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Title: Response of ground-dwelling spider assemblages to prescribed fire following stand structure manipulation in the southern Cascade Range
Author: Gillette, Nancy E.; Vetter, Richard S.; Mori, Sylvia R.; Rudolph, Carline R.; Welty, Dessa R.
Source: Can. J. For. Res. 38: 969-980
Publication Series: Journal/Magazine Article (JRNL)
Description: We assessed spider (Arachnida: Araneae) responses to prescribed fire following stand s tructure treatments in ponderosa pine (Pinus ponderosa Dougl. ex P. & C. Laws.) stands in the Cascade Range of California. Stands were logged or left untreated to create three levels of structural diversity. We logged one treatment to minimize old-growth characteristics (low diversity) and one to enhance old-growth characteristics (high diversity) and we used unlogged Research Natural Areas (RNAs) as old-growth, highest-diversity reference stands. We conducted low-intensity prescribed fire on half of each plot following harvest. Spider assemblages in unburned, logged stands were similar to one another but diverged from those in RNAs, with increased abundance, species richness, and diversity in more structurally diverse stands. Prescribed fire, which altered habitat in the organic soil layer where many spiders forage, resulted in altered spider assemblages and population declines in most plots. Fire generally redured spider species ridmess, evenness, and divetsity. Several taxa were potential indicators of fire and old-growth structurem and we discovered one species and one genus that were previously unknown. There was evidence that old-growth characteristics intensified the effects of fire on spider abundance. This outcome probably results from the deep litter layers in high-diversity stands and RNAs. which constituted greater fuel loads than low-diversity stands.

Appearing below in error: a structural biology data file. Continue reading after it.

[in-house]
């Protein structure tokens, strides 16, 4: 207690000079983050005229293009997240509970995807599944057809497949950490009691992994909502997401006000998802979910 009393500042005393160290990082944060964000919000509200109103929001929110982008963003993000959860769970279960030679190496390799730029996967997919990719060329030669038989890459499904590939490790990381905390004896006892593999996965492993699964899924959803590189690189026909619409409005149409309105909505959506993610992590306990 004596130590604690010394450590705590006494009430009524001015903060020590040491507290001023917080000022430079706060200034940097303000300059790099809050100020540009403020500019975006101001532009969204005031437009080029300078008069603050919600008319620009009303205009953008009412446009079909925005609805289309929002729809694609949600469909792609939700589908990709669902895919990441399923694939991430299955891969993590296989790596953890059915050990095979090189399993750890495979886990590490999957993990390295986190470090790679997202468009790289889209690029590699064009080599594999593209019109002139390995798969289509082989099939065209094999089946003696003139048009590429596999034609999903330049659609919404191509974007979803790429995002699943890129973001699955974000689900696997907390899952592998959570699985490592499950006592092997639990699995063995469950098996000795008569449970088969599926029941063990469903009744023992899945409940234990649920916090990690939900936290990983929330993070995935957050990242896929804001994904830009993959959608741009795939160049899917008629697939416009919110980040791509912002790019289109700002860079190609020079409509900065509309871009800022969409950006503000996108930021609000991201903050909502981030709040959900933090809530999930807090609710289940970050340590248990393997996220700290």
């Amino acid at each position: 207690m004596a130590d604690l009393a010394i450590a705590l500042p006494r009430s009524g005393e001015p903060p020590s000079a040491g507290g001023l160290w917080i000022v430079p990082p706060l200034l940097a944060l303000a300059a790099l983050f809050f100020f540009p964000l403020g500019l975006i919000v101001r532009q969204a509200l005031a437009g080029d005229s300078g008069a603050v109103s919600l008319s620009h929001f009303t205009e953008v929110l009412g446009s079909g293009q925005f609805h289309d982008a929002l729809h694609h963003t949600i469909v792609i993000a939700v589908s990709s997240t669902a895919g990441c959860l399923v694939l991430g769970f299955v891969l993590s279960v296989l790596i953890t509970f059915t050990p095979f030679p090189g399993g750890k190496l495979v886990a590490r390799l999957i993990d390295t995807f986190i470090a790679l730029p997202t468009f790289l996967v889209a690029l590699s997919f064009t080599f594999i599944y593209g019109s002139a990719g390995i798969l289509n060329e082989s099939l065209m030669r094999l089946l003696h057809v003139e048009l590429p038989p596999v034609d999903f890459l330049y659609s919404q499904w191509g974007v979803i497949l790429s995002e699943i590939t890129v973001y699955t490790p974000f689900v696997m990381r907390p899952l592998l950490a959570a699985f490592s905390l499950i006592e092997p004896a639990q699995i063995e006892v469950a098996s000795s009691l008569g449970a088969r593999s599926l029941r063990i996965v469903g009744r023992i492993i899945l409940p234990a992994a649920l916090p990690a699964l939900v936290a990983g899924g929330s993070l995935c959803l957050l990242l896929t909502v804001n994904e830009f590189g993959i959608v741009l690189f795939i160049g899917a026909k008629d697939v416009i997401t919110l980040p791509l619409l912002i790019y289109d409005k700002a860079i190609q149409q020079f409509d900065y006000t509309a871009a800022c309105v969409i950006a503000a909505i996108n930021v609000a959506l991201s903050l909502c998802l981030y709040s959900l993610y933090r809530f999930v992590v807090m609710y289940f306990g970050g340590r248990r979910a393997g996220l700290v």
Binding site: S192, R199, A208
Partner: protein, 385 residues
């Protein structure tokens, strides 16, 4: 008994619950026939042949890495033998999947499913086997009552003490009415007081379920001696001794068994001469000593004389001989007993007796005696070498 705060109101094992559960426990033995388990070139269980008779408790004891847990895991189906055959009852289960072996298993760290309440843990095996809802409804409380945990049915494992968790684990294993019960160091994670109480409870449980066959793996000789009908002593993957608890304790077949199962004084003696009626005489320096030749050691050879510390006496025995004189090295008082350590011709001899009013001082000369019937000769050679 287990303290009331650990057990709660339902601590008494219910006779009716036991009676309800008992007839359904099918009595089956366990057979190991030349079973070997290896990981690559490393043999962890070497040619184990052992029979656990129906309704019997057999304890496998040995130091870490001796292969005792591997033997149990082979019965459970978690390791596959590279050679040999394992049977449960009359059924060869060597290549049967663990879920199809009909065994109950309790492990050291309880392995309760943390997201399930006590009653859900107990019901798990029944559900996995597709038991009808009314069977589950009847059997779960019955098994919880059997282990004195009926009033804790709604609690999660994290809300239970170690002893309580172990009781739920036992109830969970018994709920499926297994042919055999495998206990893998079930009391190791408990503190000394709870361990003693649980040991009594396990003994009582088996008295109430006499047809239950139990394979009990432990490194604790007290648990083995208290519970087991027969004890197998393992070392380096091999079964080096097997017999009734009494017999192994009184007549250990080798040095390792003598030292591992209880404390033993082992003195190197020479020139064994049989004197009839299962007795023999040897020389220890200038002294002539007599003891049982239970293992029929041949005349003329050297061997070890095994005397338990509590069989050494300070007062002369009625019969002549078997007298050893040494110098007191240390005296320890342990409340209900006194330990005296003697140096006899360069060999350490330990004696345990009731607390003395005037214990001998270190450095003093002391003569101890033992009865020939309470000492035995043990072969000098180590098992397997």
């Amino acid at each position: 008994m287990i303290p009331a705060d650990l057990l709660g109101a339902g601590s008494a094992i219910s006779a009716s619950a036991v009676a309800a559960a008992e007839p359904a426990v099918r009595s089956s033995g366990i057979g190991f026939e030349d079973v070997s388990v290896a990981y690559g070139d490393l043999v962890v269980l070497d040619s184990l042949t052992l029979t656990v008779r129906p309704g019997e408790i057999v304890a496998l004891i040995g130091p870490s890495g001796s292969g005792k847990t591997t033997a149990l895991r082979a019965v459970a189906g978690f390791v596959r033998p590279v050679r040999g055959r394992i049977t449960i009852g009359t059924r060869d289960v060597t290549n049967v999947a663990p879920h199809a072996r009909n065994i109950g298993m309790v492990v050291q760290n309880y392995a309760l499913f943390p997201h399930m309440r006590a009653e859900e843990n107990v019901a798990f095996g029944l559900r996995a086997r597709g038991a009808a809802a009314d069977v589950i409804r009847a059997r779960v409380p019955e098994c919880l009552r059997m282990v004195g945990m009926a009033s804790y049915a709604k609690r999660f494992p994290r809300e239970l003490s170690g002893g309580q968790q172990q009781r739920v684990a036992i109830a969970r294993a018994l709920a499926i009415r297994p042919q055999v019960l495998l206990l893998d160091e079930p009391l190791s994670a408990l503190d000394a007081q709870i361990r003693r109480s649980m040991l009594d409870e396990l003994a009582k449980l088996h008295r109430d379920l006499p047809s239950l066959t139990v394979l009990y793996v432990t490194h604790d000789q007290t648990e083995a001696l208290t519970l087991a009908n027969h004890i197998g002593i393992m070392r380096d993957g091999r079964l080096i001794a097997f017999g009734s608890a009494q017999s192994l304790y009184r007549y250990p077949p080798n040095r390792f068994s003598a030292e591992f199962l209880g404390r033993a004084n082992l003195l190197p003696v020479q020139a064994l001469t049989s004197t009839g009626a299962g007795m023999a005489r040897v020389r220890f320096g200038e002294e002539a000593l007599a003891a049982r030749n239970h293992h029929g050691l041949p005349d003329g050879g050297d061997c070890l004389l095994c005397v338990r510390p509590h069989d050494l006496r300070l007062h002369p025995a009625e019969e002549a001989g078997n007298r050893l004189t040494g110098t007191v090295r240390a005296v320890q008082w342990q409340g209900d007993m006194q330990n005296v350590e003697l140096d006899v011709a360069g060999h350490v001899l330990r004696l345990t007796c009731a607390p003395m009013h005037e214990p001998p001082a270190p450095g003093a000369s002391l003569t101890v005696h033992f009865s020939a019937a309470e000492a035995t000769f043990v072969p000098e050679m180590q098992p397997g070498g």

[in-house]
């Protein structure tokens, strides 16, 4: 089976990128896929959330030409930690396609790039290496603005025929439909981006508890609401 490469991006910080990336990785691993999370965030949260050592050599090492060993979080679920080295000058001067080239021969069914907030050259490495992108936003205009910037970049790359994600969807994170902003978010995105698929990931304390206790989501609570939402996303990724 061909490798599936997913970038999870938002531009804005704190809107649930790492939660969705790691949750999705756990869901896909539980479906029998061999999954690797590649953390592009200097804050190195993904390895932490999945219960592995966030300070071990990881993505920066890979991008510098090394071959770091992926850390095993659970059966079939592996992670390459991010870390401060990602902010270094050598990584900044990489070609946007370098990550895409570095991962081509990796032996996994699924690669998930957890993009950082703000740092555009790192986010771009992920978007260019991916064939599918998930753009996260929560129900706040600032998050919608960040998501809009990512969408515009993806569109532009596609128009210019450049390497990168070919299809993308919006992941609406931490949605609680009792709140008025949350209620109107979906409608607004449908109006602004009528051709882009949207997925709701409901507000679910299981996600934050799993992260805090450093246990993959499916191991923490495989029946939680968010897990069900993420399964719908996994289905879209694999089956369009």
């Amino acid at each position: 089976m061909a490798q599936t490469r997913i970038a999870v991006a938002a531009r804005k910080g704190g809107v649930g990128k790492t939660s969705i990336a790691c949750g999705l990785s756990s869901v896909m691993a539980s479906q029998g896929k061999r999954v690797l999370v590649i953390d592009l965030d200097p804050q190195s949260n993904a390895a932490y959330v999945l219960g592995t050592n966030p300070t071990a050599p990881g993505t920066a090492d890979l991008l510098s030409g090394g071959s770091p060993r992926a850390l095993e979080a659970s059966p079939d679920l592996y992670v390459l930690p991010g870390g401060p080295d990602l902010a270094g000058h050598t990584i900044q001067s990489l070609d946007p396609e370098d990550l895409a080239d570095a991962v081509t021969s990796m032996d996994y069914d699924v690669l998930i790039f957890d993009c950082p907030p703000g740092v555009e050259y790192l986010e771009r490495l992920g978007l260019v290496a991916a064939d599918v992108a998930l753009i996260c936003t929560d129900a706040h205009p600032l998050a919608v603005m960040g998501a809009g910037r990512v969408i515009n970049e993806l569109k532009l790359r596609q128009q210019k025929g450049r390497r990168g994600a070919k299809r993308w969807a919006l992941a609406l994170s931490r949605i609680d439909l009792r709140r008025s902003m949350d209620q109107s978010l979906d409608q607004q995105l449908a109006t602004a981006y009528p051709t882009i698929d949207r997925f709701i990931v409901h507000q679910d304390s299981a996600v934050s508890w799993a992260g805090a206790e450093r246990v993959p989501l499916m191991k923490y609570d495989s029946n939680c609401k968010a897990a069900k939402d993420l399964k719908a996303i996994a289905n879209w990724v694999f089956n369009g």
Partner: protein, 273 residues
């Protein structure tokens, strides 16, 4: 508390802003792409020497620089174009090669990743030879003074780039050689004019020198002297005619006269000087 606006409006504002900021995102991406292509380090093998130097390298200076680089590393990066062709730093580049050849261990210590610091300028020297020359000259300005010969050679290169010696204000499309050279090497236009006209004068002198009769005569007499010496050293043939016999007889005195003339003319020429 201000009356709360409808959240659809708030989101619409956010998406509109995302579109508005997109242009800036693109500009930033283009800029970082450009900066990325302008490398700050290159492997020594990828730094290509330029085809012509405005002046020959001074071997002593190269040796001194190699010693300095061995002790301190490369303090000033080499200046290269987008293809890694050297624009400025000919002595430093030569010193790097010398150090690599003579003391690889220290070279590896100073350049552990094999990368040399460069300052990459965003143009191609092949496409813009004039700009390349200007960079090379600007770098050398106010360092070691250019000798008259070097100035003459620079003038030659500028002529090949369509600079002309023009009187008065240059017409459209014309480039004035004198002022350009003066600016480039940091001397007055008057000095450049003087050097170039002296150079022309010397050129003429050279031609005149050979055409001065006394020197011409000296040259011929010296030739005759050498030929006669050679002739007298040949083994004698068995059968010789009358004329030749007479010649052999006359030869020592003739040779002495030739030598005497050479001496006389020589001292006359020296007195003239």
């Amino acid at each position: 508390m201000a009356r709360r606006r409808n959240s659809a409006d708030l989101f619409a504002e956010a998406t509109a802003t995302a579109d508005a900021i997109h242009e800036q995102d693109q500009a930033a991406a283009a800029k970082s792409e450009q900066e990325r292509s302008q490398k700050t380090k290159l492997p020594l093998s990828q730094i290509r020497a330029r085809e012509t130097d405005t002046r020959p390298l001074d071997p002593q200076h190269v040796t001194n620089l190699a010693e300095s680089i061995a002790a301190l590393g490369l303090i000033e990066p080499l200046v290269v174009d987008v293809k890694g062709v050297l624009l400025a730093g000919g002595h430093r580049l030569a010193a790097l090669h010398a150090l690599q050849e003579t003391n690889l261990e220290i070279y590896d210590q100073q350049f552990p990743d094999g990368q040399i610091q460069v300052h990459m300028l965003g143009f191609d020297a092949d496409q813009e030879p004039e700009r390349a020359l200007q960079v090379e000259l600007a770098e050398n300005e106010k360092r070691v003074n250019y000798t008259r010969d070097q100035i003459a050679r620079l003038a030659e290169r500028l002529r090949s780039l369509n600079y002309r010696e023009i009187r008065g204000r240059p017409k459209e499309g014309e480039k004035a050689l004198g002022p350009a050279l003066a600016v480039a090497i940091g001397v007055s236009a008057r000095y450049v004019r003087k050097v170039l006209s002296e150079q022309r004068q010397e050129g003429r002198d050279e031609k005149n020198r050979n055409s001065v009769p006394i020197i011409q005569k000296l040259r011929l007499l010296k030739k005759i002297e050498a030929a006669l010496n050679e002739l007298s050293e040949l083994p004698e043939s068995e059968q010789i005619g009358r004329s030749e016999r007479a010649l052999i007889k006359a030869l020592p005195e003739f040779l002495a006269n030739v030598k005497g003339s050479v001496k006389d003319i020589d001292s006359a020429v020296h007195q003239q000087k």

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Gillette, Nancy E.; Vetter, Richard S.; Mori, Sylvia R.; Rudolph, Carline R.; Welty, Dessa R. 2008. Response of ground-dwelling spider assemblages to prescribed fire following stand structure manipulation in the southern Cascade Range. Can. J. For. Res. 38: 969-980.
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